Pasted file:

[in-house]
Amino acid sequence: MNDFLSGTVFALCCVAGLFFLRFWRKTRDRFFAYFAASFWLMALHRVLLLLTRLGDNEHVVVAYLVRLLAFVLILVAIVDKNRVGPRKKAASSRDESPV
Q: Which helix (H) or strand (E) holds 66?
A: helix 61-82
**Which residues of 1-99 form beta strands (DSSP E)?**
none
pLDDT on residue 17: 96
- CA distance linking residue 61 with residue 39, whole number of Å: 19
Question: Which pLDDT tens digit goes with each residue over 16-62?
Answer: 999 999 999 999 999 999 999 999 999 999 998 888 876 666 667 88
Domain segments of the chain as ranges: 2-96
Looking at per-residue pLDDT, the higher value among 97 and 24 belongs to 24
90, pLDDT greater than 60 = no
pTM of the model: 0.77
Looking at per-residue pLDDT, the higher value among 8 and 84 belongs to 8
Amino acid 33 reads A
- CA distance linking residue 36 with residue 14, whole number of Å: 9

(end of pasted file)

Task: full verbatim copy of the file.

[in-house]
Amino acid sequence: MNDFLSGTVFALCCVAGLFFLRFWRKTRDRFFAYFAASFWLMALHRVLLLLTRLGDNEHVVVAYLVRLLAFVLILVAIVDKNRVGPRKKAASSRDESPV
Q: Which helix (H) or strand (E) holds 66?
A: helix 61-82
**Which residues of 1-99 form beta strands (DSSP E)?**
none
pLDDT on residue 17: 96
- CA distance linking residue 61 with residue 39, whole number of Å: 19
Question: Which pLDDT tens digit goes with each residue over 16-62?
Answer: 999 999 999 999 999 999 999 999 999 999 998 888 876 666 667 88
Domain segments of the chain as ranges: 2-96
Looking at per-residue pLDDT, the higher value among 97 and 24 belongs to 24
90, pLDDT greater than 60 = no
pTM of the model: 0.77
Looking at per-residue pLDDT, the higher value among 8 and 84 belongs to 8
Amino acid 33 reads A
- CA distance linking residue 36 with residue 14, whole number of Å: 9